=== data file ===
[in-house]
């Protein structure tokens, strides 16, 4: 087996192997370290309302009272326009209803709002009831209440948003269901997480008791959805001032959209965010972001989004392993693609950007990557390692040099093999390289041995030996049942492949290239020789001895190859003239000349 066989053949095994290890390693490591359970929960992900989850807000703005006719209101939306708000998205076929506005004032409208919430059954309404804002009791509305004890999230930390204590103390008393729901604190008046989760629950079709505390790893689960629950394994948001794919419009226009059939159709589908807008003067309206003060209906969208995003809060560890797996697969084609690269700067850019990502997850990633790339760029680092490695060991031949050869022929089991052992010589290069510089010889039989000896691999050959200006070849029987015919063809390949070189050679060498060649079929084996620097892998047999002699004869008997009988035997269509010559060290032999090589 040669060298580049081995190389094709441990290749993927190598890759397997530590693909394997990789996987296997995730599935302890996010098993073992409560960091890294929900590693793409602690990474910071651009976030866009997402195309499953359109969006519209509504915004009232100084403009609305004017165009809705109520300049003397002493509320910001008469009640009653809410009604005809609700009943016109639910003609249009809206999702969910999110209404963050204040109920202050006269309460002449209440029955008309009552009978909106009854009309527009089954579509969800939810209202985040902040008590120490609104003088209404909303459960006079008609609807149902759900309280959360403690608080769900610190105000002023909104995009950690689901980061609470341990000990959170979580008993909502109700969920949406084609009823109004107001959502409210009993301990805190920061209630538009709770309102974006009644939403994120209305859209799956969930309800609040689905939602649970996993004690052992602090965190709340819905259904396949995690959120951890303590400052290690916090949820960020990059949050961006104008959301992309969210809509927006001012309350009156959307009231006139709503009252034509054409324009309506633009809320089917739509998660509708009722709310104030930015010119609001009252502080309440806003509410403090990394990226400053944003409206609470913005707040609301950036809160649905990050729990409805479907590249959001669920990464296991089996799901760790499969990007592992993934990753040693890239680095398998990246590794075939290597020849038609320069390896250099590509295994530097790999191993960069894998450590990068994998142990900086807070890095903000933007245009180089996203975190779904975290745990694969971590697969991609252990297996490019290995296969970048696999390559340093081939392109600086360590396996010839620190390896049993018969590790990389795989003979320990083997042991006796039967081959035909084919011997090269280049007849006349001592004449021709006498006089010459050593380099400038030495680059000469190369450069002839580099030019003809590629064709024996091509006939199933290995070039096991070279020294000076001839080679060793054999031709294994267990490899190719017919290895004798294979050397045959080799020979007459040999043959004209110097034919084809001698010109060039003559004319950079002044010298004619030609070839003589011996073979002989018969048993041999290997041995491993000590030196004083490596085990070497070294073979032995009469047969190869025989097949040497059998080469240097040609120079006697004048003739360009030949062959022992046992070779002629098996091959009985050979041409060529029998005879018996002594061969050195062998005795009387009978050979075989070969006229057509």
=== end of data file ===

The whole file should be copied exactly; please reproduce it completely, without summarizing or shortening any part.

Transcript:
[in-house]
């Protein structure tokens, strides 16, 4: 087996192997370290309302009272326009209803709002009831209440948003269901997480008791959805001032959209965010972001989004392993693609950007990557390692040099093999390289041995030996049942492949290239020789001895190859003239000349 066989053949095994290890390693490591359970929960992900989850807000703005006719209101939306708000998205076929506005004032409208919430059954309404804002009791509305004890999230930390204590103390008393729901604190008046989760629950079709505390790893689960629950394994948001794919419009226009059939159709589908807008003067309206003060209906969208995003809060560890797996697969084609690269700067850019990502997850990633790339760029680092490695060991031949050869022929089991052992010589290069510089010889039989000896691999050959200006070849029987015919063809390949070189050679060498060649079929084996620097892998047999002699004869008997009988035997269509010559060290032999090589 040669060298580049081995190389094709441990290749993927190598890759397997530590693909394997990789996987296997995730599935302890996010098993073992409560960091890294929900590693793409602690990474910071651009976030866009997402195309499953359109969006519209509504915004009232100084403009609305004017165009809705109520300049003397002493509320910001008469009640009653809410009604005809609700009943016109639910003609249009809206999702969910999110209404963050204040109920202050006269309460002449209440029955008309009552009978909106009854009309527009089954579509969800939810209202985040902040008590120490609104003088209404909303459960006079008609609807149902759900309280959360403690608080769900610190105000002023909104995009950690689901980061609470341990000990959170979580008993909502109700969920949406084609009823109004107001959502409210009993301990805190920061209630538009709770309102974006009644939403994120209305859209799956969930309800609040689905939602649970996993004690052992602090965190709340819905259904396949995690959120951890303590400052290690916090949820960020990059949050961006104008959301992309969210809509927006001012309350009156959307009231006139709503009252034509054409324009309506633009809320089917739509998660509708009722709310104030930015010119609001009252502080309440806003509410403090990394990226400053944003409206609470913005707040609301950036809160649905990050729990409805479907590249959001669920990464296991089996799901760790499969990007592992993934990753040693890239680095398998990246590794075939290597020849038609320069390896250099590509295994530097790999191993960069894998450590990068994998142990900086807070890095903000933007245009180089996203975190779904975290745990694969971590697969991609252990297996490019290995296969970048696999390559340093081939392109600086360590396996010839620190390896049993018969590790990389795989003979320990083997042991006796039967081959035909084919011997090269280049007849006349001592004449021709006498006089010459050593380099400038030495680059000469190369450069002839580099030019003809590629064709024996091509006939199933290995070039096991070279020294000076001839080679060793054999031709294994267990490899190719017919290895004798294979050397045959080799020979007459040999043959004209110097034919084809001698010109060039003559004319950079002044010298004619030609070839003589011996073979002989018969048993041999290997041995491993000590030196004083490596085990070497070294073979032995009469047969190869025989097949040497059998080469240097040609120079006697004048003739360009030949062959022992046992070779002629098996091959009985050979041409060529029998005879018996002594061969050195062998005795009387009978050979075989070969006229057509």